From BR Bullpen
Masaki Saito (last name also transliterated as Saitoh, first name also transliterated as Masaaki)
- Bats Right, Throws Right
- Height 5' 11", Weight 198 lb.
- High School Kawaguchi Municipal High School
- Born February 18, 1965 in Adachi Ward, Tokyo Japan
- Died January 10, 2014 in Tokyo Japan
 Saito starts his career
Masaki Saito was one of the elite pitchers in Nippon Pro Baseball in the 1990s. The first round draft pick of the Yomiuri Giants in 1982, he spent his entire career with the franchise before retiring in 2001. He made his debut with Yomiuri in 1984 and went 4-0 with a 3.07 ERA, used primarily as a reliever. In 1985 Saito became a swingman and went 12-8 with 7 saves, a league-best 4 shutouts and a 2.96 ERA. At the age of 20, he finished third in the Central League in ERA. 1986 saw a decreased role for Masaki, as he went 7-3 with one save and a 2.40 ERA in 35 games, again moving out of the regular rotation. He only pitched 6 games for the Giants the next year, allowing 14 hits and 4 homers in 5 innings, with an ERA of 18.00. Saito went 6-3 with 3 saves and a 1.89 ERA in 1988, his last and most successful year as a reliever.
 Saito emerges as one of the great Central League hurlers
In 1989 Saito moved into the rotation for good and become a star. He went 20-7 that season with a 1.62 ERA. He set an NPB record with 11 consecutive wins during the year and led the Central League in wins (tied with Takashi Nishimoto), shutouts (7), complete games (21) and ERA. He made his first All-Star team, his first Best Nine and won his first Sawamura Award. A year later he was the Central League MVP after a 20-5, 2.17 season. He again led the league in wins, shutouts (6), complete games (19) and ERA and also won a Gold Glove and led in innings (224). The Pacific League's Hideo Nomo beat him out for the Sawamura that season. 1991 was an off-year for Saito (11-11, 3.38) but he recovered in 1992 with a 17-6, 2.59 campaign. He led the league in wins for the third time, won a Gold Glove, made the Best Nine for the third time and pitched 5 shutouts for his fourth time leading in whitewashes.
At the age of 28 in 1993, Saito slipped again, this time to 9-11 with a 3.19 ERA. Despite one of his worst years, he still had the 6th-best ERA in the Central. In 1994 Saito was part of a fine Yomiuri staff that led the team to a Japan Series title; he had a 14-8 record and 2.53 ERA, finishing third in the league in ERA, tied for third in wins and second with 169 strikeouts. His 5 shutouts made him a five-time leader in that category. He returned to the All-Star team that year.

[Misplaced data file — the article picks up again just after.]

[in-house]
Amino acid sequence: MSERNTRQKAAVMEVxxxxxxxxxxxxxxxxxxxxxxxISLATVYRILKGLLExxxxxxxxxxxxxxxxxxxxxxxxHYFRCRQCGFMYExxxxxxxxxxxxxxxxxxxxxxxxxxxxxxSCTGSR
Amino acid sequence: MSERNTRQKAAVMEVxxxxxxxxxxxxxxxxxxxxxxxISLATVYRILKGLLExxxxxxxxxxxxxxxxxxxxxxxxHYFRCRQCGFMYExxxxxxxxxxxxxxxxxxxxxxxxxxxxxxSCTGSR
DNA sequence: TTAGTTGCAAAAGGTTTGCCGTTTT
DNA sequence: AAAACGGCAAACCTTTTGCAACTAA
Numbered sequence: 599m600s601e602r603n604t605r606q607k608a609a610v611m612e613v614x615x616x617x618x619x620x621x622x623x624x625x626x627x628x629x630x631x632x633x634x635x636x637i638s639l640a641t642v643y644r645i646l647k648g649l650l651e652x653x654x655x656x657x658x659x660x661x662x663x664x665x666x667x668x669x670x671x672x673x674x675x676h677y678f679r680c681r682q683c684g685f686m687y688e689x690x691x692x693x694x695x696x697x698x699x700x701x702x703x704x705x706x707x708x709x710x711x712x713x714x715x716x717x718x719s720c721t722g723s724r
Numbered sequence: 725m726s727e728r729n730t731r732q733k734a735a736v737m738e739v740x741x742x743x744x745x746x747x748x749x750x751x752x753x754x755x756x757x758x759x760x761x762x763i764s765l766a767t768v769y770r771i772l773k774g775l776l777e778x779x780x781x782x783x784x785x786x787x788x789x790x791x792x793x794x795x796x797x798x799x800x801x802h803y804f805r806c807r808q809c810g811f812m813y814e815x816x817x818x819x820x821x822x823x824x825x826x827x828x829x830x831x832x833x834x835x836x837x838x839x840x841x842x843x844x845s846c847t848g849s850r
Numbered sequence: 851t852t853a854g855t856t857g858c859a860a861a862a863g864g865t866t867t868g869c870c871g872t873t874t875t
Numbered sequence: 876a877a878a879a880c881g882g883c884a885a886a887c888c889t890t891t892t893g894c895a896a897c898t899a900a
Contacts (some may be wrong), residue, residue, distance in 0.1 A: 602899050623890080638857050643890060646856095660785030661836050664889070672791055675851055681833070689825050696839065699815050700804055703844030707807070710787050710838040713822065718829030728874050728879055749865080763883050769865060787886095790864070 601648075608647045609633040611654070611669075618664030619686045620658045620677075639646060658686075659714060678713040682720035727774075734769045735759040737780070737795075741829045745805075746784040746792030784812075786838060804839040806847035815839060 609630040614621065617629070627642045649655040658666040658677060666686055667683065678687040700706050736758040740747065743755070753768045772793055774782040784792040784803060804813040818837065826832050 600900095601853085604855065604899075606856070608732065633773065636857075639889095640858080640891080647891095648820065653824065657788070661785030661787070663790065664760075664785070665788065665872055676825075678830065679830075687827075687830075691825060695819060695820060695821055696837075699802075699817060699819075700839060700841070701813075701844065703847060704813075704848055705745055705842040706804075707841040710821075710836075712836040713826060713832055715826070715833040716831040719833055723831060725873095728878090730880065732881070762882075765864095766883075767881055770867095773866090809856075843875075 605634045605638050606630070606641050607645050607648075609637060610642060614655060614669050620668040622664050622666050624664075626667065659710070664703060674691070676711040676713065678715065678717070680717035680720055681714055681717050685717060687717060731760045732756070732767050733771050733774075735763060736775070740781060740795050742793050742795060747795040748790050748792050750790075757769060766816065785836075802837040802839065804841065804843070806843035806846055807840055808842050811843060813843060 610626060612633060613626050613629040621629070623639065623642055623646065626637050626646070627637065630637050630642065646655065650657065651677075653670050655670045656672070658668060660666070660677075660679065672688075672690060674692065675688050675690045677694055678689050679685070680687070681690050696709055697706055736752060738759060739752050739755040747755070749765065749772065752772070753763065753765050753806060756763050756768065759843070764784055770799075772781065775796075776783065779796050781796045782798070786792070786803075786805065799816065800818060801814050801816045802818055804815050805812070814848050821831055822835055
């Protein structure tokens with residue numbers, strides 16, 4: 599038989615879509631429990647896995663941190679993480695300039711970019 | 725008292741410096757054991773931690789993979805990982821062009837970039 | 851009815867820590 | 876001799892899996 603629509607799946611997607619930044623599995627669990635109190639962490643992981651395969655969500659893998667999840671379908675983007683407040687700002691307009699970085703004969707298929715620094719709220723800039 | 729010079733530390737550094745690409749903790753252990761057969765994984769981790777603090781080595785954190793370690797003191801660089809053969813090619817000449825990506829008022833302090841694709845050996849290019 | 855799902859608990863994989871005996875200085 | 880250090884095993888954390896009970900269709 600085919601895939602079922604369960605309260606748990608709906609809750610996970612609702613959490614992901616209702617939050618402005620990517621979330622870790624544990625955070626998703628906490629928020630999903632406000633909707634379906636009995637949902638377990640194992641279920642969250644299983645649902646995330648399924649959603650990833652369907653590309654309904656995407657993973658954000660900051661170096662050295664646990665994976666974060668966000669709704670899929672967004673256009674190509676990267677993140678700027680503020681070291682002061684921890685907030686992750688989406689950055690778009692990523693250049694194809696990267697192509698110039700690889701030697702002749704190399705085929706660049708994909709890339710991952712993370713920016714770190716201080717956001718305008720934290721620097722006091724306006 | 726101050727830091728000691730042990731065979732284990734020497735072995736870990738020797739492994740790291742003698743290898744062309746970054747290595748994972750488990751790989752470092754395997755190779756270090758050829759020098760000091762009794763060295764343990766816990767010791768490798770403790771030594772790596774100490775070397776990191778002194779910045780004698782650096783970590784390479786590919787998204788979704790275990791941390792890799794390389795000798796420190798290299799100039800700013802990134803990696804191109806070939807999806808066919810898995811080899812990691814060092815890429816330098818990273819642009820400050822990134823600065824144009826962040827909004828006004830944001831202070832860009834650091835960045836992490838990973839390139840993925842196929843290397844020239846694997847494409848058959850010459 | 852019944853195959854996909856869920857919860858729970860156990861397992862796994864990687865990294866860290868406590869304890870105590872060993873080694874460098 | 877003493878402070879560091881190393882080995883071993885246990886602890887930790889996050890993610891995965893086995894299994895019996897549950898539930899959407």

Saito won his second Sawamura Award in 1995 with an 18-10, 2.70 season. He led the Central League in wins for the fourth time, in innings (213) for the second time, in strikeouts (187) for the first and only time, complete games (16) for the third time and in shutouts (6) for the sixth time. He won his third Gold Glove, made his fourth Best Nine and his fourth All-Star team. He finished second in the loop in ERA. 1996 was another great year. In one of his six opening-day starts, he threw a one-hitter against the Hanshin Tigers. It was the third consecutive season in which he threw a shutout in Yomiuri's first game. He led the CL in shutouts a seventh time with 4, but this time Ken Yamasaki tied him for the lead. Saito also led in ERA - at 2.36 he was .69 better than the #2 man that year, Balvino Galvez. He tied teammate Galvez for the most wins (16), though his 4 losses were 2 less than Galvez had. He was second in the league with 158 strikeouts. He became the only Central League pitcher to date to lead the league five times in wins and three times in ERA. He won his 4th Gold Glove, 5th Best Nine, 5th All-Star spot and most impressively, his third Sawamura Award. That tied him for the most career Sawamura Awards with fellow legends Shigeru Sugishita, Masaichi Kaneda and Minoru Murayama.
 The downslide
Injuries began to hamper Saito's effectiveness at the age of 32 in 1997 and he would never lead the league in anything again. He was 6-8 with a 4.11 ERA that year, his highest mark in a season with more than 5 innings. He made his final All-Star team in 1998 with a rebound 10-7, 3.08 season. He was 9th in the league in ERA and arguably the top Yomiuri starter. In 1999 the veteran moundsman was 5-2 with a 4.66 ERA and rookie Koji Uehara had clearly became the team's ace. Masaki only made five appearances in 2000, but they were dandies. He went 3-1 with a 2.10 ERA, just 20 hits allowed in 32 1/3 innings and struck out 20 while walking just 4. He finished his career in 2001 at 2-2 with a 4.32 ERA, working out of the bullpen at times again.
After retiring, Saito became a coach with Yomiuri.
Saito was 180-96 with 11 saves and a 2.77 ERA in his NPB career. He ranks 22nd all-time in ERA (as of 2005) among pitchers with 2,000 or more innings and is 21st in shutouts. Presumably his .652 winning percentage is among the best ever. As mentioned, he is one of just four 3-time Sawamura Award winners and is the only CLer with 5 win titles and 3 ERA titles. While his career counting statistics are limited by a somewhat short career of a starter (only about 10 full seasons) his peak performance and rate statistics are very impressive. His 7 shutout titles are also apparently a record. He was inducted into the Japanese Baseball Hall of Fame in 2016.
Main source: japanbaseballdaily.com by Gary Garland